The U.S. economy added a whopping 288,000 jobs in June -- even better than expected. Unemployment dipped to 6.1 percent, the lowest since September 2008. The major stock market indexes are setting almost-daily records. Manufacturing is booming. Housing is rebounding. Consumers are spending. Even General Motors Co. eked out a sales increase last month.
It seems the on-again, off-again economic recovery may finally be taking hold. What could possibly go wrong?
Plenty, according to inflation hawks. They're worried -- as they always are -- that inflationary pressure is building and a flat-footed Federal Reserve won't be able to stop the coming wage-price spiral. Interest rates should rise sooner rather than later, they say.
They're wrong -- though they do have a point. Inflation gauges have been moving up a bit of late. Prices rose 1.8 percent in the year to May, according to the Fed's preferred measure (prices for personal consumption minus food and energy). That number has been rising since February's 0.8 percent and isn't far from the Fed's 2 percent target. The consumer price index (excluding food and energy) clocked in at 2 percent in the year to May.
This doesn't yet justify bringing forward the first rise in interest rates. The economy's doing better but could easily stumble again -- as it did, and badly, in the first quarter. More important, there's still ample slack in the labor market. Labor-force participation remains abnormally low. For the fifth consecutive month, the economy has created more than 200,000 jobs -- it hasn't done that since 1999 -- yet at this pace it will take at least another two years to reach full employment.
Fed Chair Janet Yellen seems unlikely to be swayed by the hawks. After last month's Federal Open Market Committee meeting, she said the inflation numbers are "noisy." In a talk at the International Monetary Fund yesterday, she affirmed her dovish instincts by saying that interest rates shouldn't rise to deal with financial excesses either -- other tools are more appropriate.
She's right on both points. But when it comes to jobs and inflation, she ought to be more forceful. She should make it clear that the Fed is willing to allow some overshooting of the 2 percent goal if the labor market remains weak. The target is a target, not a ceiling.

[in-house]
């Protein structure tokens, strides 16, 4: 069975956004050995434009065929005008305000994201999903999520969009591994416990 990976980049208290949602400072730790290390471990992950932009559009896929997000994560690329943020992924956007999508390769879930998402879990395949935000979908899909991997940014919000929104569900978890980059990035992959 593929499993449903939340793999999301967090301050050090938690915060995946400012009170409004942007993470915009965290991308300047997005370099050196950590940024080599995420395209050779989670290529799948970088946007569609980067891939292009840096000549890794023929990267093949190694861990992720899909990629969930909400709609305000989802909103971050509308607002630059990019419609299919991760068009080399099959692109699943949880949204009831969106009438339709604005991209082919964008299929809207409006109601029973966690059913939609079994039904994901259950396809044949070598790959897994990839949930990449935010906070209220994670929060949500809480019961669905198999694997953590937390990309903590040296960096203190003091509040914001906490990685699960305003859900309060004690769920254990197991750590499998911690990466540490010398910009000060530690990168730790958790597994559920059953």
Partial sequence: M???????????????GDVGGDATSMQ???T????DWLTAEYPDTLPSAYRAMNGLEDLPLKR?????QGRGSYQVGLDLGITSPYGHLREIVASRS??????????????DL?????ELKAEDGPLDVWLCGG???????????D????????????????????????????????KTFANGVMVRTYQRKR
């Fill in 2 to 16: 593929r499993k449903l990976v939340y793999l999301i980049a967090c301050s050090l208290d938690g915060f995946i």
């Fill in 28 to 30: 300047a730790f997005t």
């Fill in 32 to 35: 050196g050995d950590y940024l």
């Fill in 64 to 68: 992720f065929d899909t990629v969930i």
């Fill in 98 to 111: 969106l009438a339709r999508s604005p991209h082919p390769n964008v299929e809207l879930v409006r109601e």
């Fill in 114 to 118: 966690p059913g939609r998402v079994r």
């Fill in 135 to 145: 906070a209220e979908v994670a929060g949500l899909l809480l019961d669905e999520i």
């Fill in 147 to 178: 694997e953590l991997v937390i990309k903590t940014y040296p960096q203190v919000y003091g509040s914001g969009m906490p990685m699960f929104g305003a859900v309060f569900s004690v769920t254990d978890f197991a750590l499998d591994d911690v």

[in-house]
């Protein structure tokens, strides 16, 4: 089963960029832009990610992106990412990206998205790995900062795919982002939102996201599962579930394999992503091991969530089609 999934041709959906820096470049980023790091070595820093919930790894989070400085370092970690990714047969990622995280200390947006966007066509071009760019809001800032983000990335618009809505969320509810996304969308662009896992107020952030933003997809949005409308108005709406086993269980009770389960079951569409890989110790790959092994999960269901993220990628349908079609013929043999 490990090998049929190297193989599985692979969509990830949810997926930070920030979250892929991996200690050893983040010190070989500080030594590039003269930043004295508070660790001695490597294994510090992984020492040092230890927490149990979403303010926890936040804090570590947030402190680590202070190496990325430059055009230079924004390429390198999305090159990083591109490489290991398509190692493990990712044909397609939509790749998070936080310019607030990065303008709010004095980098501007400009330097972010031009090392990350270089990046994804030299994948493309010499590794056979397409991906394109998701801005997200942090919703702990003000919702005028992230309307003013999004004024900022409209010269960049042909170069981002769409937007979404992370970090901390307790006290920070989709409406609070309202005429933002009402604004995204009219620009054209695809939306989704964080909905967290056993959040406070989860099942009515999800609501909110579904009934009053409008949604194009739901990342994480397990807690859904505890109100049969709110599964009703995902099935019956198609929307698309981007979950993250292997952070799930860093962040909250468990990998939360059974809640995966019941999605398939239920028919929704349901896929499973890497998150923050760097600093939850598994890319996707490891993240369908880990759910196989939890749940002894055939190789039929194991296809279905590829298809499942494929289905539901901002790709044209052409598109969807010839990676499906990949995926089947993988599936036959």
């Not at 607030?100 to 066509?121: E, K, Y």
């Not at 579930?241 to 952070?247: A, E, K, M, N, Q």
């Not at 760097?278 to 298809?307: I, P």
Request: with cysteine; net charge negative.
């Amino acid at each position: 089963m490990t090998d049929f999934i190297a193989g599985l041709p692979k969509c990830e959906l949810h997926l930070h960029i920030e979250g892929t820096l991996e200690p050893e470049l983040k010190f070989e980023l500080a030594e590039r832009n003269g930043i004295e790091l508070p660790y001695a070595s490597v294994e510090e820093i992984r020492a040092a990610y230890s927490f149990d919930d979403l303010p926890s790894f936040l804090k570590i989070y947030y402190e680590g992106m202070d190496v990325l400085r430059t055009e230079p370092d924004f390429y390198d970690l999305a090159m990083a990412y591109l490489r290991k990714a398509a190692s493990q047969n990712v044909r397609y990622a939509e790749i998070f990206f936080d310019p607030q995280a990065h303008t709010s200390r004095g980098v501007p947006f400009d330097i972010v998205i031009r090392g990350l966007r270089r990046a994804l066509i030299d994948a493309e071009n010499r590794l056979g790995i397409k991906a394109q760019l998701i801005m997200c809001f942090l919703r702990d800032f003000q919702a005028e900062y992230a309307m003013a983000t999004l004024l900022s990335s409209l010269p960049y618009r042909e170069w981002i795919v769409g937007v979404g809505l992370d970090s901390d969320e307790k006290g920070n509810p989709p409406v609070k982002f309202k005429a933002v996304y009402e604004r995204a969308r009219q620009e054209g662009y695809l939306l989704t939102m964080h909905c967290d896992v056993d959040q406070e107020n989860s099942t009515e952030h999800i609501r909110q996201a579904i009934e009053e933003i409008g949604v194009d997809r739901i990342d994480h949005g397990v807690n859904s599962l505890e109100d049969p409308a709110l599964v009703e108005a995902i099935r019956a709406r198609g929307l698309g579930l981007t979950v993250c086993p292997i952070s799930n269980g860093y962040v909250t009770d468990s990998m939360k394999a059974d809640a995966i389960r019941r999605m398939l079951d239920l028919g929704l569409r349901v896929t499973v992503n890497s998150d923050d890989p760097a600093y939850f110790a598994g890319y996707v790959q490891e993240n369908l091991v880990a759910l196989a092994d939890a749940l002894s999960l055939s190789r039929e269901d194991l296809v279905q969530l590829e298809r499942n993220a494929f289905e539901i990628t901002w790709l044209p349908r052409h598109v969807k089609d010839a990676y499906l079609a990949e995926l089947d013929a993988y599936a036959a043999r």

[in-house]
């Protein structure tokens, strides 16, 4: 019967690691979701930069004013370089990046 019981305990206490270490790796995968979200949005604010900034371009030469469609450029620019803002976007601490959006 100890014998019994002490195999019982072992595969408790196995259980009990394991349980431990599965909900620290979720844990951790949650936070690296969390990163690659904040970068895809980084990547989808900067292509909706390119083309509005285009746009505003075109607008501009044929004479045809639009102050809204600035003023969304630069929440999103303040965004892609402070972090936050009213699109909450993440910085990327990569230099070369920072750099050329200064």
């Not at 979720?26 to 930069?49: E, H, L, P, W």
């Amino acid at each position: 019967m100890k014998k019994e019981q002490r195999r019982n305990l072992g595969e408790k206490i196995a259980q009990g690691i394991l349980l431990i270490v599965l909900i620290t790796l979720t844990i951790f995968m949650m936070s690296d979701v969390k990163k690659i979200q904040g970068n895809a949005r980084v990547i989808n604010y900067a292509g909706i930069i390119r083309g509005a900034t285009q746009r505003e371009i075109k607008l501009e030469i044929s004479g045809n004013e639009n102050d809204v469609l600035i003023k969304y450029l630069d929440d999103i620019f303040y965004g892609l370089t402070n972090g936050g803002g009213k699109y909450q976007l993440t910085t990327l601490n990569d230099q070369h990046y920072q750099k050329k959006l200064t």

Yellen will also have to wade into the debate over whether long-term unemployment (about 2.1 million people have been out of work for a year or more) helps to keep wages in check. If it doesn't -- if it's only short-term joblessness that keeps labor costs down -- there's more reason to worry about rising prices.
A recent study by Alan Krueger, the former chairman of President Barack Obama's Council of Economic Advisers, suggests that the long-term jobless are so disconnected from the labor market that, once job openings pick up, they aren't enticed back to work. If the long-term unemployed don't suppress wage inflation, the jobless rate, for anti-inflation purposes, is really only 4 percent. Wages could start rising sooner than expected.
For now, this isn't a worry. Wages have been quiescent throughout the recovery, with increases hovering around a nominal 2 percent annually. And the number of people working part time and saying they'd prefer a full-time position went up in June by 275,000.
Yellen's message -- that she's watching for signs of inflation but sees no need yet to change the Fed's thinking on when to raise rates -- is correct. But it's important to dial up the volume: Investors need to know that the inflation hawks aren't winning the argument.
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